Studying the phase behavior of complex hydrocarbon and hydrocarbon/CO2 mixtures in kerogen structures is extremely important for understanding the mechanisms involved in enhanced gas recovery, storage, and production of hydrocarbons from shale. The objective of this work is to determine the phase behavior of a number of binary, ternary, and multicomponent CO2/hydrocarbon systems using molecular dynamics simulation in three dimensional kerogen structure of type IIA. These systems include CO2/n-Hexadecane, CO2/n-Eicosane, CO2/n-Butane/n-Decane, and CO2/synthetic oil.
The kerogen molecule is prepared based on detailed structural analysis of NMR experiments. In order to build a representative solid state model of kerogen, eight kerogen molecules are placed in a periodic cubic cell. Once the initial configuration of kerogen molecules is prepared, constant-temperature constant-volume (NVT) simulations and then constant-temperature constant-pressure (NPT) simulations are performed to obtain the final structure. The SAFT-γ coarse graining methodology is used to develop force fields for the fluid-phase behavior of hydrocarbon/CO2 mixtures comprising CO2 and n-alkanes. The densities, phase compositions, and volume of each phase in kerogen are determined at different overall compositions and pressures and compared with unconfined case.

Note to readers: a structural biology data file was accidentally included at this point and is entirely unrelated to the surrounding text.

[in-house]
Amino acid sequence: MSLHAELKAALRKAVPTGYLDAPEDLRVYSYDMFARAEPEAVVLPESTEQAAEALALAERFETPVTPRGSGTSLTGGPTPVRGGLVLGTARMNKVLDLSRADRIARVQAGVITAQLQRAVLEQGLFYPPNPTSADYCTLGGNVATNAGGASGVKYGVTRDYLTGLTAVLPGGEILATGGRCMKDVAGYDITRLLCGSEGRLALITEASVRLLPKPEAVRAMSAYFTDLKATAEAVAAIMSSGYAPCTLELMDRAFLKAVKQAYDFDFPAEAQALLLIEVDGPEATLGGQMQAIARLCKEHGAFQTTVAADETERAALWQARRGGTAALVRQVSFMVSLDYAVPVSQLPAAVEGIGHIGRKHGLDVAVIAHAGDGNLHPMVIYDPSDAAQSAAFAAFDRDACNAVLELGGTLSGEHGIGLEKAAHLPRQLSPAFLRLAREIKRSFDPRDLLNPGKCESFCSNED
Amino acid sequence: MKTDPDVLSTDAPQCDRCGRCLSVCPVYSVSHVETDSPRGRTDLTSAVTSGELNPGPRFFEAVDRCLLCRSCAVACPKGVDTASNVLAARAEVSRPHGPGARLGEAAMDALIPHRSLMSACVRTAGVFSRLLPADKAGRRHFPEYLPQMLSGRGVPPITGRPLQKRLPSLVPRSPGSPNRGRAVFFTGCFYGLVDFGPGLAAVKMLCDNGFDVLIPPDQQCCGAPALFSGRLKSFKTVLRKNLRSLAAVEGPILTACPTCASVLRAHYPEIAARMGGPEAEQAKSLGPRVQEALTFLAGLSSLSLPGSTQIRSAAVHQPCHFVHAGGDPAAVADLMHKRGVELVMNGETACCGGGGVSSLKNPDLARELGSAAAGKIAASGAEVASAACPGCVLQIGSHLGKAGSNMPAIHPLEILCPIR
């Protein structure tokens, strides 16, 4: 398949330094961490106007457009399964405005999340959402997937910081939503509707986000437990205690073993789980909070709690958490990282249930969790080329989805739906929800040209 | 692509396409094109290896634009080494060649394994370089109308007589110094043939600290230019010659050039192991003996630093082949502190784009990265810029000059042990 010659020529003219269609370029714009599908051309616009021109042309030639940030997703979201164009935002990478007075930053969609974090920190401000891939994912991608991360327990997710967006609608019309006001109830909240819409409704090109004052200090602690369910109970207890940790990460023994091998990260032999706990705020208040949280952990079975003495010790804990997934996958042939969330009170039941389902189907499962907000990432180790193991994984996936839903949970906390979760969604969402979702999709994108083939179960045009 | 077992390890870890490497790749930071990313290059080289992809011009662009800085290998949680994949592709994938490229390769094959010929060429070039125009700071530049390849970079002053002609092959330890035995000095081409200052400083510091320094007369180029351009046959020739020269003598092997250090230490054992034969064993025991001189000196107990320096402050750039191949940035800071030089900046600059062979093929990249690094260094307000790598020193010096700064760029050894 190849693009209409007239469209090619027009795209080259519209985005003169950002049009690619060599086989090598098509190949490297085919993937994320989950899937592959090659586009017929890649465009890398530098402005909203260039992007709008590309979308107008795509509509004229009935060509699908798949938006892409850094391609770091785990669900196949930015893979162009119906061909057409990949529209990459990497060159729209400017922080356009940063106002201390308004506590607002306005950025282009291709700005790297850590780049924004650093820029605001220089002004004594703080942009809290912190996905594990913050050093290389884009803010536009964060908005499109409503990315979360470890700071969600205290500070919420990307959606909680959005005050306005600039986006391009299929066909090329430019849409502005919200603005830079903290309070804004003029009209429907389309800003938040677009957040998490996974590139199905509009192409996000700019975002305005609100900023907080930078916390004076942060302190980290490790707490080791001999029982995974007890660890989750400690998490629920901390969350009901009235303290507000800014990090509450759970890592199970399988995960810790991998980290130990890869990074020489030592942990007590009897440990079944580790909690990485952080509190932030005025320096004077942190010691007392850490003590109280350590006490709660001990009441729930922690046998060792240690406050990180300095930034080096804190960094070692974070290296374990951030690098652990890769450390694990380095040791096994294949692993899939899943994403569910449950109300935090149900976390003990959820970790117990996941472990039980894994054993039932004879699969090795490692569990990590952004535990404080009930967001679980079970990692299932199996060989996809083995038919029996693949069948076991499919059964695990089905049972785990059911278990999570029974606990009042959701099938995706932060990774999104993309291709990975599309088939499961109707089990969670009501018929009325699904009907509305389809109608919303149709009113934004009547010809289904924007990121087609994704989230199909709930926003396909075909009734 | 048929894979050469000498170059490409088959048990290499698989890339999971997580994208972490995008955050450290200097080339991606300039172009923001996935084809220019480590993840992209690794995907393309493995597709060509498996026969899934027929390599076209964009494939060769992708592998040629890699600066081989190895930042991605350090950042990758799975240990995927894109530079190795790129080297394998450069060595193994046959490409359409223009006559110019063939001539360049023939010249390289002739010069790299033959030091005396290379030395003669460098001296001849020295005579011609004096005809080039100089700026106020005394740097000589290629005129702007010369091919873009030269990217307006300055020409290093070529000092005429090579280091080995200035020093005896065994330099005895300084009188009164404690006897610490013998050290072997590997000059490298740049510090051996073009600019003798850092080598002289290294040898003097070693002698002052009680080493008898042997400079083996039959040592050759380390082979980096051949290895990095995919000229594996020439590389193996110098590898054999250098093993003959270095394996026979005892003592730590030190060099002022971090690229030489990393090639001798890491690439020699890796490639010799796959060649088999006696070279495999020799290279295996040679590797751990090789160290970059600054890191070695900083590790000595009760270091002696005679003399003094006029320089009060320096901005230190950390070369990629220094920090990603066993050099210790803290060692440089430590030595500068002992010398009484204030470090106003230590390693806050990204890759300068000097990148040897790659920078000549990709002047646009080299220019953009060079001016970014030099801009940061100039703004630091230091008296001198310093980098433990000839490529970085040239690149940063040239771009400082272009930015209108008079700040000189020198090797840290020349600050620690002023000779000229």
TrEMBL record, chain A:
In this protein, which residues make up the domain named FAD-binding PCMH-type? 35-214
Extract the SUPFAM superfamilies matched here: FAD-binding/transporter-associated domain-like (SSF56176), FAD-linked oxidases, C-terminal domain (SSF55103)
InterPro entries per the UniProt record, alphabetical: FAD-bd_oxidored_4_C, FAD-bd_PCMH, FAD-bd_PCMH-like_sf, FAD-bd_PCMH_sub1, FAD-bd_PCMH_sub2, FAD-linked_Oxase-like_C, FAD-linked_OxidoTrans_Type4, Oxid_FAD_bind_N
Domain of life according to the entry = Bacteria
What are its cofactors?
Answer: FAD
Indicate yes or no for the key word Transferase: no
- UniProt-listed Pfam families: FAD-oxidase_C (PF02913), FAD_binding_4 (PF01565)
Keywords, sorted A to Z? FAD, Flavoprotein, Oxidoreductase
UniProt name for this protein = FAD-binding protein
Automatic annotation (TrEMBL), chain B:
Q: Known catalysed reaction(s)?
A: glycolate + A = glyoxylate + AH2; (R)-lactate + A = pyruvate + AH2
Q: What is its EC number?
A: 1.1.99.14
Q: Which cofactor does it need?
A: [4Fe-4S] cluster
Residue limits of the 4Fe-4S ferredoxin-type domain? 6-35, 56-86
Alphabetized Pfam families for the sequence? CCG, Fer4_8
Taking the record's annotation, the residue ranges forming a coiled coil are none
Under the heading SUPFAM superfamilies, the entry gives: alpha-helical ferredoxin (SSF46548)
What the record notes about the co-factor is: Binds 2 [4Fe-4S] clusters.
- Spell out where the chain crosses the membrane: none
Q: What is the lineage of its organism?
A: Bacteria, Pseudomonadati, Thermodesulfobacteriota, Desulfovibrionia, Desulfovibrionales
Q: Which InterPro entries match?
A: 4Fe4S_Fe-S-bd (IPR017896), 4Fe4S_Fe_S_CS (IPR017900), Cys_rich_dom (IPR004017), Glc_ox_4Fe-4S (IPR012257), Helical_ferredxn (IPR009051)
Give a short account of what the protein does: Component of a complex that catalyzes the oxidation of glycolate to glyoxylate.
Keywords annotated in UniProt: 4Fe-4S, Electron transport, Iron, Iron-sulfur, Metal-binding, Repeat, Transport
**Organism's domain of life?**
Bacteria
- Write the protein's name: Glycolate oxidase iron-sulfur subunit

For the final kerogen structure, density values are calculated and compared with the reported density range for kerogen density. A good agreement is found between the experimental densities and our kerogen molecular structure density. Calculated phase equilibria for the unconfined system (where experimental measurements are available) are in fair agreement with experimental data. The liquid phase density did not change significantly in confined case (in kerogen) compared with that of unconfined (or bulk). However, the heavier components tend to vaporize in kerogen structure compared with the unconfined case. For example, n-decane have much higher composition in vapor phase in kerogen compared to bulk condition. Furthermore, as the pore diameter increases, the phase envelopes approach the bulk conditions.
Experimental measurements of the phase behavior of hydrocarbon mixtures in confined systems are extremely difficult, if not impossible, with current technologies. This work is one of the few in-depth investigations of the phase behavior in organic matters of shale. The results of this study can potentially modify the equation of state for shale reservoirs and help in understanding the transport mechanism in nanoscale pores.
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